LeVar Burton, from left, Sonequa Martin-Green, Walter Koenig, Jeri Ryan, Alex Kurtzman and William Shatner pose in the press room after accepting the Governors Award for “Star Trek” during night one of the Creative Arts Emmy Awards at The Microsoft Theater on Saturday, Sept. 8, 2018, in Los Angeles. (Photo by Richard Shotwell/Invision/AP)
Star Trek’s Chekov is down on the Trump folk.
While speaking to Salon Monday, legendary Trek actor Walter Koenig — Pavel Chekov from the original series and its related films — called this current state of the nation “a particularly heinous moment in American history.”
A huge reason: Trump-centric “vitriol.” In fact, the utopian future imagined by Gene Roddenberry provides an escape of sorts from POTUS’s treachery:
“The state of the world is dreadful. It depresses me to no end. Star Trek is a welcome respite from the infamy of the Trump administration and all the problems we are living with.”
And it’s not just the Commander-in-Chief, but his supporters:
“I think this is a particularly heinous moment in American history with Donald Trump. This is not only because of a few individuals who now have control of the government but that there is so much support for them.”
Does Trump and a handful of others “have control of the government”?
Either way, it appears that you and the Leader of the Free World are willing to give up the good stuff to fulfill the visions of hellfire:
“There’s so much vitriol, discontent and anger. These people are willing to sacrifice the good things in our culture and in our life to support evil things. We as a country and a culture have not gotten to a positive place of progress from which we are not willing to retreat from.”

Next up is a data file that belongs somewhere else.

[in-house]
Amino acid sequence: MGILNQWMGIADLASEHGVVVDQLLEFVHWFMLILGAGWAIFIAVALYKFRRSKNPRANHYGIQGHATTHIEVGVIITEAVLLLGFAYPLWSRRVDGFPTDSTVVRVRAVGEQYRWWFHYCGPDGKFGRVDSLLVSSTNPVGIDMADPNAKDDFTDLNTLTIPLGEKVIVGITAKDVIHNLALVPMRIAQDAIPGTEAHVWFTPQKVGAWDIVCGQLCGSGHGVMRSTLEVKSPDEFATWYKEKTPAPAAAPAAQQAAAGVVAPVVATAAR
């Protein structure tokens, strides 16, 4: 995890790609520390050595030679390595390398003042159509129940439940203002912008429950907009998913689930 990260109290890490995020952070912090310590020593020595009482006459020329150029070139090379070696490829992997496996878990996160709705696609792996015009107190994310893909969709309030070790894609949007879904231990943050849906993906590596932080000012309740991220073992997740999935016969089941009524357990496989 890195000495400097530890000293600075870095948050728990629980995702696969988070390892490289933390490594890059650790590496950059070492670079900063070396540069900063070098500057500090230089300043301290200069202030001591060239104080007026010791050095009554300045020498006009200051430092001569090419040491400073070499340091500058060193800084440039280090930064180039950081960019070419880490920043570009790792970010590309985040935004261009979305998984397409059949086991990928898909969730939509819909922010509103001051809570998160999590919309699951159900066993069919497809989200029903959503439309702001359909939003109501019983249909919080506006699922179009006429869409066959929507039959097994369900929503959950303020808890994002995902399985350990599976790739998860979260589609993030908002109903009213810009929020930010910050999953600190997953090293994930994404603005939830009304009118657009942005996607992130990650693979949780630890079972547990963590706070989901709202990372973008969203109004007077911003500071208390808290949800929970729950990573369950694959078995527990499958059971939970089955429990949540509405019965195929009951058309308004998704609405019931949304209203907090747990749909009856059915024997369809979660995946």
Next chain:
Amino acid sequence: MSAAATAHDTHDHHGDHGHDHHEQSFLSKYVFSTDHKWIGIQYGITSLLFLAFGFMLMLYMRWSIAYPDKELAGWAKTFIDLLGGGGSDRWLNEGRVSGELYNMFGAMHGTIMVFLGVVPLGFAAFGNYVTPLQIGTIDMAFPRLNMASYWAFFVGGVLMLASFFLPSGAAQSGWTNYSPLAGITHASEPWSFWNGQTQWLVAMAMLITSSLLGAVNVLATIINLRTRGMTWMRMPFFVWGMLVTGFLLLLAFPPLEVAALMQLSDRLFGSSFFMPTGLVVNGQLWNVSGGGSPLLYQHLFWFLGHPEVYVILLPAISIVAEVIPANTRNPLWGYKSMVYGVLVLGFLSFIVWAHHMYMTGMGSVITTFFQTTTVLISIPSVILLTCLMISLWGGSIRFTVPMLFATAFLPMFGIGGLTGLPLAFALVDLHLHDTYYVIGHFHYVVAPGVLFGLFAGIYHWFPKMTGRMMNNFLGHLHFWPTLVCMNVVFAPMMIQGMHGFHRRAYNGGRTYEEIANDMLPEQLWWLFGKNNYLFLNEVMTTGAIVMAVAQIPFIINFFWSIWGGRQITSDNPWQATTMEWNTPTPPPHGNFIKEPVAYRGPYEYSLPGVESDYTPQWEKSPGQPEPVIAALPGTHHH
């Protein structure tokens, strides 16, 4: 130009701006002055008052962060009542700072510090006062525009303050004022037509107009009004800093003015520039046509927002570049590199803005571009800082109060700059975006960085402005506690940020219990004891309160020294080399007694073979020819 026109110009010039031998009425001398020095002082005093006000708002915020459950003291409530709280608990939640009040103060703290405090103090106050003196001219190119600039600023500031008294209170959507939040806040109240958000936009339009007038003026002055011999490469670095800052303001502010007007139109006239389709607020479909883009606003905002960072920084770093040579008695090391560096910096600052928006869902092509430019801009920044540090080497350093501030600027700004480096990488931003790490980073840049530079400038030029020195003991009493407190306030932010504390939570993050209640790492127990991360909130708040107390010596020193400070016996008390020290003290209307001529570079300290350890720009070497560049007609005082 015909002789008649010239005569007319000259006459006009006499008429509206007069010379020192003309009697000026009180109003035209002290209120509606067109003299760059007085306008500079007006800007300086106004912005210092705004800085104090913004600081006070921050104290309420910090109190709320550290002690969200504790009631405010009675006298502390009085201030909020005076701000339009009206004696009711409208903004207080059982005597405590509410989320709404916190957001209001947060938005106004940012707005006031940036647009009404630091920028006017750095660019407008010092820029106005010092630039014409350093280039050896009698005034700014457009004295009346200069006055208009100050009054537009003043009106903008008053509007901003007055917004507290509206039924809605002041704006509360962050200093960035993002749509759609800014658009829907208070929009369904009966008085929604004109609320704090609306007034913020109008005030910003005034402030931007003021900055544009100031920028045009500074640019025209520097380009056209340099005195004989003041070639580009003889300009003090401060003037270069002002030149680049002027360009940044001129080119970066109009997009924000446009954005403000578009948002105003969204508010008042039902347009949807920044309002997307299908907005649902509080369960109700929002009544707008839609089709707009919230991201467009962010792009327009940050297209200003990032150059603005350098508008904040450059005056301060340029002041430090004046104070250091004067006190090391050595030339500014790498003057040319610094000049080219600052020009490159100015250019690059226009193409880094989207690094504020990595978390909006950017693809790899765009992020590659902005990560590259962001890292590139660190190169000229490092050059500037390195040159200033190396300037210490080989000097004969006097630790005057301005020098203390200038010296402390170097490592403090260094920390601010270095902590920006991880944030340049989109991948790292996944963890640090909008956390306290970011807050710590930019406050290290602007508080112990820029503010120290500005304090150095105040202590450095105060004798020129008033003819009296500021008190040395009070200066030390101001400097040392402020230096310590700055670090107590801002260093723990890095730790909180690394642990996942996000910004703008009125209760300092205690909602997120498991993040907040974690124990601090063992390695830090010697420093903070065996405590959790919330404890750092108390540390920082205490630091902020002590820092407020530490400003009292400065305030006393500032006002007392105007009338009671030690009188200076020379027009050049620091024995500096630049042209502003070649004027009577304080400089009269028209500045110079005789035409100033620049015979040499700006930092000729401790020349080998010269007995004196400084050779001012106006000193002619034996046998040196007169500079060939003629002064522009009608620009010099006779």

To Walter, it’s a forgone conclusion, it seems, that we all recognize the good guys — like the last guy:
“It just goes on and on. We have the good folks, the people that we believe in. For example, when Barack Obama became president, I thought to myself, ‘My God. We have really turned a corner. I am so proud to live to see this happen.’”
But then it all got messed up:
“And then we have Donald Trump. There is a certain despair that follows me, that haunts me, because we’re still doing the same things.”
But don’t worry — we’ll be rid of this wave soon enough:
“If we do not have hope, then we’re surrendering. Then we’re giving up. Hope may be temporary. It may last for five years or 10 years. We are driven to make things better. We have that dream to make a better world.”
“In a way, the world of Next Generation had been too perfect and too protected. It was the Enterprise. It was a safe world of respect and communication and care and, sometimes, fun. [The new show is] me responding to the world of Brexit and Trump and feeling, ‘Why hasn’t the Federation changed? Why hasn’t Starfleet changed?’ Maybe they’re not as reliable and trustworthy as we all thought.”
Variety looked to affirm the mess — it referenced a need for “calm in anxious times.”
These days, Next Generation-style sophistication is out the window.
“I think what we’re trying to say is important. The world of Next Generation doesn’t exist anymore. It’s different. Nothing is really safe. Nothing is really secure.”
Want more Trek trouncing Trump? George Takei — the franchise’s Sulu — has got ya more than covered.
In November, he asked:
“Imagine: The November 2020 election is over, and Trump has lost. And yet, he signals that he does not intend to leave office. Will you take to the streets, as people around the world have done, to preserve our democracy?”
Imagine: The November 2020 election is over, and Trump has lost. And yet, he signals that he does not intend to leave office. Will you take to the streets, as people around the world have done, to preserve our democracy?
— George Takei (@GeorgeTakei) November 27, 2019
Well, will you?
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